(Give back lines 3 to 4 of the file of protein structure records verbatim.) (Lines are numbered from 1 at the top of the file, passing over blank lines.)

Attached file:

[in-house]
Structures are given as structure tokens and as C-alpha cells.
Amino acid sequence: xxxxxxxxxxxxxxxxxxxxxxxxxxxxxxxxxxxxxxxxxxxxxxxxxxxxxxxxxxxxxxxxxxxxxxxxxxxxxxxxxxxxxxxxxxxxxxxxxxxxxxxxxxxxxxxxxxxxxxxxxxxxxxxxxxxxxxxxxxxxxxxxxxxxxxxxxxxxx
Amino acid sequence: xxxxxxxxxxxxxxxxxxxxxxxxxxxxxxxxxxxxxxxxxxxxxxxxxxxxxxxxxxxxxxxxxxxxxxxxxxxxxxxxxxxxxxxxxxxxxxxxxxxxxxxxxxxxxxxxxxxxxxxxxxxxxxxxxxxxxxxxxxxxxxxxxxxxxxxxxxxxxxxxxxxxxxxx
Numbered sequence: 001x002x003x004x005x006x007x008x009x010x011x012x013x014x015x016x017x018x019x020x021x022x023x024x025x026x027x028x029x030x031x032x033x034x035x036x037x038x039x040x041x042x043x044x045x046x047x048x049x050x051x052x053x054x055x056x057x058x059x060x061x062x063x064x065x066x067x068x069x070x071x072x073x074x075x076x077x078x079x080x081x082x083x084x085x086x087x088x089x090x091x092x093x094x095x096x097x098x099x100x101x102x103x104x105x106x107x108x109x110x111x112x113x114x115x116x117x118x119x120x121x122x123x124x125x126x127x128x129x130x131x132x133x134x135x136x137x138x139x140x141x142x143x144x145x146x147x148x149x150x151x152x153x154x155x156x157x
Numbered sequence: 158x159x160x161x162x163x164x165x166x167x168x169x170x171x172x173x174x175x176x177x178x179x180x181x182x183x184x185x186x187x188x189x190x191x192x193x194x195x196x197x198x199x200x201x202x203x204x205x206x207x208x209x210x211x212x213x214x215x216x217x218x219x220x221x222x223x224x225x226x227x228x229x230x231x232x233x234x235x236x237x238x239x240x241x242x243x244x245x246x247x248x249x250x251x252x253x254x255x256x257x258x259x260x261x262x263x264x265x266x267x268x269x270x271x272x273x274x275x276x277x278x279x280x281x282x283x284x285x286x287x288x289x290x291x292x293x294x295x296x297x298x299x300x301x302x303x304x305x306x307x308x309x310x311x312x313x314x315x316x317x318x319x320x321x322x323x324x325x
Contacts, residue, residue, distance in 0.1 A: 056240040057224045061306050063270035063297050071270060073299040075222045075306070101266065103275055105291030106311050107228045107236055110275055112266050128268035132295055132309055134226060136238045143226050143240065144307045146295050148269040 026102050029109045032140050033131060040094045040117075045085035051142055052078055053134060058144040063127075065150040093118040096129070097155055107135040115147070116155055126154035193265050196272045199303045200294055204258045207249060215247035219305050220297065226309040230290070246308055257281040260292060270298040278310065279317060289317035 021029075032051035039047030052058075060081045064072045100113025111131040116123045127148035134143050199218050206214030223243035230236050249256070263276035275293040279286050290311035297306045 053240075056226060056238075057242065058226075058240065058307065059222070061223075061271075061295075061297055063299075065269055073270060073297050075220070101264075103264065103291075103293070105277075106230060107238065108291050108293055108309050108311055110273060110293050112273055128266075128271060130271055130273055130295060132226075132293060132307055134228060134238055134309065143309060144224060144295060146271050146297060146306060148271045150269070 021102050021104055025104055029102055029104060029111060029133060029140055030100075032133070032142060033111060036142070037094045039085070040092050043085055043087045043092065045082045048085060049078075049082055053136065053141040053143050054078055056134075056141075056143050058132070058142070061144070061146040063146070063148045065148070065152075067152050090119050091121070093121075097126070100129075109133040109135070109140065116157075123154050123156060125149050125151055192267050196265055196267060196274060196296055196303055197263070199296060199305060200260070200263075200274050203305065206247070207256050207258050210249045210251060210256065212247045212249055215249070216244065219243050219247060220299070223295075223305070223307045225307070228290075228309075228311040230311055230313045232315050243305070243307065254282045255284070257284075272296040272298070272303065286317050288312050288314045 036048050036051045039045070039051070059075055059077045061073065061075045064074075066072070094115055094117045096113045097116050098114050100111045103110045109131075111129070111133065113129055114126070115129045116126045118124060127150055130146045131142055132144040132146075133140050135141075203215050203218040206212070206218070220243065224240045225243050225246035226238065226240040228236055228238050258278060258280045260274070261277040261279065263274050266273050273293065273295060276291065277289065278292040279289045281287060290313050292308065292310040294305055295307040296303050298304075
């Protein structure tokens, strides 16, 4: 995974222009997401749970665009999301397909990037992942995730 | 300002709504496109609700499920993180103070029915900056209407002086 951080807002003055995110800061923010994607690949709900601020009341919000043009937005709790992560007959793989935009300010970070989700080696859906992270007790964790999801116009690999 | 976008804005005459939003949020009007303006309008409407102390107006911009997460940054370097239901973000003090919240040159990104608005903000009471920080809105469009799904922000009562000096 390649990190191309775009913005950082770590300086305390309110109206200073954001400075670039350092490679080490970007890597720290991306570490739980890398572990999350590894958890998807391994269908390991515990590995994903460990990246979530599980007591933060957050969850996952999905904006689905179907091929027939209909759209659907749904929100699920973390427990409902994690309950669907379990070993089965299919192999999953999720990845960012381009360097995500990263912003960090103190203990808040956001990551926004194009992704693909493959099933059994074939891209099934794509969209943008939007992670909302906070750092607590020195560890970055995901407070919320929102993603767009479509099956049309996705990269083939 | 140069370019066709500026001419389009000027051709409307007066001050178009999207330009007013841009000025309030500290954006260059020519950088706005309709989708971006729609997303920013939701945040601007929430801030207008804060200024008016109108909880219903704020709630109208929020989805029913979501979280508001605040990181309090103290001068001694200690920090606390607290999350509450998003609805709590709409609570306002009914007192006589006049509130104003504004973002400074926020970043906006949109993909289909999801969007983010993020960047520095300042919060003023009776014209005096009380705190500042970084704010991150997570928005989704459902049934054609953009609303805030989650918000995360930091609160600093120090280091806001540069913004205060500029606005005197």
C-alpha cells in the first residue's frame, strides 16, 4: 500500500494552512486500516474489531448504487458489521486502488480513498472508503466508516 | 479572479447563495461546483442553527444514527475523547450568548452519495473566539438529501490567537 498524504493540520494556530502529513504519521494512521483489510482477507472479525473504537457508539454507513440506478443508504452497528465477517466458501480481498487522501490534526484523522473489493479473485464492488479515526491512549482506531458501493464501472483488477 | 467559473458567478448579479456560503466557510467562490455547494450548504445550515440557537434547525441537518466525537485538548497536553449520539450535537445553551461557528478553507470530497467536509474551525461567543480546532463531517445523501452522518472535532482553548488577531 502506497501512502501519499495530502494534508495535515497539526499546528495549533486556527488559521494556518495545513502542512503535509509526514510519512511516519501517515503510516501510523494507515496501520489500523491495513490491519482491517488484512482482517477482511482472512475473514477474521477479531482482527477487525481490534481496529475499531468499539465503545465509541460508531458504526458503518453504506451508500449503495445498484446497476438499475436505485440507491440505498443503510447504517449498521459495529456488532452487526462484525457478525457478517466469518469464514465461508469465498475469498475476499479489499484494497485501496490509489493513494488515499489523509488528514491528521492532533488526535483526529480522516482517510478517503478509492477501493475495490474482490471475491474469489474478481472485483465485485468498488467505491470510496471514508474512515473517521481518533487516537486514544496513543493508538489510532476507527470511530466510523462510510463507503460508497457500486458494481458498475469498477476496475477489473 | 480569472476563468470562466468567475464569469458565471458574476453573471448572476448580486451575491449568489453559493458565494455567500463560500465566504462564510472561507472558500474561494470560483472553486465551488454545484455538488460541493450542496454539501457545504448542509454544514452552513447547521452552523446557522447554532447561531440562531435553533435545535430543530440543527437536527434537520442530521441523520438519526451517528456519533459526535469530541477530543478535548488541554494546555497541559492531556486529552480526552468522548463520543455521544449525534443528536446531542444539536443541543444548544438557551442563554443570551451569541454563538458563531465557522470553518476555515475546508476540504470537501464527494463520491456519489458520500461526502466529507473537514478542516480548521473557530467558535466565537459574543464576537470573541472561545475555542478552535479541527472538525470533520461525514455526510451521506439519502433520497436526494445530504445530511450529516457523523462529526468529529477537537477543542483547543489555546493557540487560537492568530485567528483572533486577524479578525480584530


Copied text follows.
Amino acid sequence: xxxxxxxxxxxxxxxxxxxxxxxxxxxxxxxxxxxxxxxxxxxxxxxxxxxxxxxxxxxxxxxxxxxxxxxxxxxxxxxxxxxxxxxxxxxxxxxxxxxxxxxxxxxxxxxxxxxxxxxxxxxxxxxxxxxxxxxxxxxxxxxxxxxxxxxxxxxxx
Amino acid sequence: xxxxxxxxxxxxxxxxxxxxxxxxxxxxxxxxxxxxxxxxxxxxxxxxxxxxxxxxxxxxxxxxxxxxxxxxxxxxxxxxxxxxxxxxxxxxxxxxxxxxxxxxxxxxxxxxxxxxxxxxxxxxxxxxxxxxxxxxxxxxxxxxxxxxxxxxxxxxxxxxxxxxxxxx